Did you know that there’s different types of epilepsy seizures?
Epilepsy is a word that’s been in my vocabulary for my whole life. I personally don’t have epilepsy, but my mum did and now my 8 year old son does.
I remember being taught about epilepsy and seizures when I was younger. I read a book and it explained that my mum may shake, foam at the mouth and may also wet herself. I was taught to keep her safe, not to move her and to phone an ambulance.
I was lucky that I only ever saw my mum have one seizure. She had lots (she now has her seizures under control) but someone else was always with her. I remember the one and only time I saw her have a seizure because it was on my birthday.
She bought me my birthday cake and all of a sudden she started to stare at me and then twitch her head. No one had explained this to me but I knew it was a seizure. I calmly moved her to the floor.
My sister was only 2 at the time and thought it was funny, until she realised mummy wasn’t doing something funny. Luckily I had a friend there to take sister away.
I followed everything I was taught. My mum didn’t want an ambulance to be called if it was less than 10 minutes, so I waited and then sat with her as she recovered. She went all child-like when she came round. Again, something no one explained to me could happen.
Fast forward 11 years. I had just become a mum at 24. A beautiful baby boy – just perfect. At just 4 days old he had a weird episode.
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He jerked his arms and stared at me not blinking. Not in a million years did I think it was a seizure.
These episodes worsened and he was admitted to hospital. He started to have more shaking seizures and had up to 15 a day. He was diagnosed with epilepsy as part of a genetic disorder.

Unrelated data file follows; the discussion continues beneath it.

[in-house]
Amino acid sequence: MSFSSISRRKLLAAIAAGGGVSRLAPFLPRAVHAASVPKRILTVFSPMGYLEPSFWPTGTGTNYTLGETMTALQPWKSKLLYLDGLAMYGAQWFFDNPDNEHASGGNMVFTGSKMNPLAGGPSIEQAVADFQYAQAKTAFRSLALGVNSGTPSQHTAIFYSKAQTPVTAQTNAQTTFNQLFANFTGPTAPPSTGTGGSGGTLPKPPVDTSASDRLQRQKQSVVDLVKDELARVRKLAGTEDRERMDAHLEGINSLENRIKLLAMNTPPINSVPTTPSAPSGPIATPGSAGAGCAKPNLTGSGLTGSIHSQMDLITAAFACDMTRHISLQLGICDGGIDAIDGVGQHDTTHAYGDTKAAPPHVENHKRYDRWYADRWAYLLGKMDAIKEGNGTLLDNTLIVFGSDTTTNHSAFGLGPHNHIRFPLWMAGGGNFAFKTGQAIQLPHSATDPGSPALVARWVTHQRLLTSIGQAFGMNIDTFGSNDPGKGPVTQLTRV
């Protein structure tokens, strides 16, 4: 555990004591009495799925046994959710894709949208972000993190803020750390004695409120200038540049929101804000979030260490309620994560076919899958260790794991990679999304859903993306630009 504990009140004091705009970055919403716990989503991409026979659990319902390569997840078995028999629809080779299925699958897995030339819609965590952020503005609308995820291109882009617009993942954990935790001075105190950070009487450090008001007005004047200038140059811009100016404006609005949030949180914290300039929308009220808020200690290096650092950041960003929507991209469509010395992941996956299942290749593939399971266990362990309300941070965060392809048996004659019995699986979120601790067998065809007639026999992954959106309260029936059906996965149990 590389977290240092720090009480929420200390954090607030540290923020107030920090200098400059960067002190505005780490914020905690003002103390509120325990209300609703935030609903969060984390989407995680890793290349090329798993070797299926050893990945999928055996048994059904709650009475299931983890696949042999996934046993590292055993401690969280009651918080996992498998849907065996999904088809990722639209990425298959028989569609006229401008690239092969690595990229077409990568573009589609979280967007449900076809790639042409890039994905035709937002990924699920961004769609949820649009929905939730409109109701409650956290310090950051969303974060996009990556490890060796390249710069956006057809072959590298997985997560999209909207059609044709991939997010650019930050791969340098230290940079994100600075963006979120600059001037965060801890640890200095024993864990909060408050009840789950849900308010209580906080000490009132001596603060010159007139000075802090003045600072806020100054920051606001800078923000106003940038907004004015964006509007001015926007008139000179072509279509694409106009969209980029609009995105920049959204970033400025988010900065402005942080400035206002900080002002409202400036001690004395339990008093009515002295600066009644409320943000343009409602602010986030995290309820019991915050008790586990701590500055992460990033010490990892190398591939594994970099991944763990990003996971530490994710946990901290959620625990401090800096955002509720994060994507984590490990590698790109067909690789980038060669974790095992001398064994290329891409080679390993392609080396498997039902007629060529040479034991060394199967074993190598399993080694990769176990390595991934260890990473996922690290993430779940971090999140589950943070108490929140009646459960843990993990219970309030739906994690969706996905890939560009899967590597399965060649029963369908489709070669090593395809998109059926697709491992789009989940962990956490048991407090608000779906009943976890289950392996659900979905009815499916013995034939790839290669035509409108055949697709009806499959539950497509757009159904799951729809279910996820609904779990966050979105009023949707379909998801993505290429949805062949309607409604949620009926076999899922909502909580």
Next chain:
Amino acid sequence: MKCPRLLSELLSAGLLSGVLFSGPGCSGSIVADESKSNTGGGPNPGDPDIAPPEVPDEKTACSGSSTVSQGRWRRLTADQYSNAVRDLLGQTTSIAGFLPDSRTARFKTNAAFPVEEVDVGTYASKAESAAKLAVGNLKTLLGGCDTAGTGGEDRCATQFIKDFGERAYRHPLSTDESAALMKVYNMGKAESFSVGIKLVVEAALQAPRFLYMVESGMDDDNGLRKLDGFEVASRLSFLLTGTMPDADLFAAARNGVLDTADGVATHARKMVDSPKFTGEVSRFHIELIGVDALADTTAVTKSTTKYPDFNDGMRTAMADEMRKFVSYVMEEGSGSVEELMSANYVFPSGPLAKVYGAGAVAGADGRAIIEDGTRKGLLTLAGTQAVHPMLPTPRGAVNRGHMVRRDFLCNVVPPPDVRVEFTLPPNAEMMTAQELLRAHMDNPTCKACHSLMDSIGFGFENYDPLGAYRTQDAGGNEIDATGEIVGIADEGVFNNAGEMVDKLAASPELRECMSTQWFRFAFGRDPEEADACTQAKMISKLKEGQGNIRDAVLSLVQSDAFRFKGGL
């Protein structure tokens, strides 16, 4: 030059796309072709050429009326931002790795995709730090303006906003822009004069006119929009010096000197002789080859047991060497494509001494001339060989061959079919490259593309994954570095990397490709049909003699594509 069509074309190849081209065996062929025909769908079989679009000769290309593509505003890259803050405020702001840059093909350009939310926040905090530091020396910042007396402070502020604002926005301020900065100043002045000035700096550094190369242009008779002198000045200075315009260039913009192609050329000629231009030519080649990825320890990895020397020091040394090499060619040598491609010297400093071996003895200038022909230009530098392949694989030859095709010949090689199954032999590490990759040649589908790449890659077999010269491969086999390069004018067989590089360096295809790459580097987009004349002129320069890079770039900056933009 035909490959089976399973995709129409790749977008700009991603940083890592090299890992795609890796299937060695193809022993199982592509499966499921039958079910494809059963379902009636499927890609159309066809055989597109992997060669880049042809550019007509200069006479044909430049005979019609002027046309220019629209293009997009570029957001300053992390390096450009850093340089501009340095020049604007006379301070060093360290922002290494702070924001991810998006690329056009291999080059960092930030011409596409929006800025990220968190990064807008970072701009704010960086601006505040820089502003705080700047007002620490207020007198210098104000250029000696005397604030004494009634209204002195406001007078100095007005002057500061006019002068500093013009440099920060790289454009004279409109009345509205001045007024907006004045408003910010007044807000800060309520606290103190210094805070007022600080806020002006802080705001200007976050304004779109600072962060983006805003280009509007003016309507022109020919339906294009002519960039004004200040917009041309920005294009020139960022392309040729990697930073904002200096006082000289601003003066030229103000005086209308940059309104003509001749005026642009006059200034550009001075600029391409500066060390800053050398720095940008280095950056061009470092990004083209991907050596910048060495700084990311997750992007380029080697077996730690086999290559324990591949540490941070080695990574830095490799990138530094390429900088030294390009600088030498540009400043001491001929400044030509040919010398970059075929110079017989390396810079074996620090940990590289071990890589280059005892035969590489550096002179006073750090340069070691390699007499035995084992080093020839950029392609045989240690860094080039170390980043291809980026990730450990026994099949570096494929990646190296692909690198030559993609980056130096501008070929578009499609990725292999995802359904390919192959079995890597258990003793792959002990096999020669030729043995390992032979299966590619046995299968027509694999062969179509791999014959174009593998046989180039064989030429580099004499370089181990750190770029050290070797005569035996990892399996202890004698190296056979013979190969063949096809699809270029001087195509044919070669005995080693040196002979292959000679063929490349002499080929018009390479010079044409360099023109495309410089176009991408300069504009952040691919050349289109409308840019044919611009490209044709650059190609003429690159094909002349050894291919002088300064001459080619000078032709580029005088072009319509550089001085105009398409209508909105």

Most of Ethan’s seizures have not been what I have been taught a seizure looks like.
Ethan’s epilepsy, like my mums, doesn’t present itself in the same ways as epilepsy is regularly portrayed in the media.
Ethan can have lots of the following different types of seizures.
- Absent seizures – where he stares into space.
- Gelastic seizures – where he laughs uncontrollably for no reason,
- Decrystic seizures – where he uncontrollably cries with an increased heart rate, increased heart rate and jerking body movements.
- Tonic Clonic seizures where his whole body will jerk or shake and he will gasp for air.
There have been many times when people don’t actually recognise Ethan is having a seizure. I’ve even had a locum registrar think he wasn’t was seizing – when he was. Luckily we had a nurse who had witnessed Ethan’s seizures before and helped us fight for what Ethan needed at that time.
Ethan now has a seizure plan (VNS magnet and rescue medicines) to bring him out of seizures, that is fully tailored to him.
In the absence of a plan, here are tips for when someone is having a seizure:
- Call 999.
- Make sure the person is safe and loosen any tight clothing.
- Move all objects away from them.
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- Do not put anything in their mouth.
- Time the seizure.
- Most importantly reassure the person throughout the seizure.
Epilepsy presents in so many ways and is really individual. Please head to the Epilepsy Foundation website to find out more about the different types of seizures and how you can recognise them.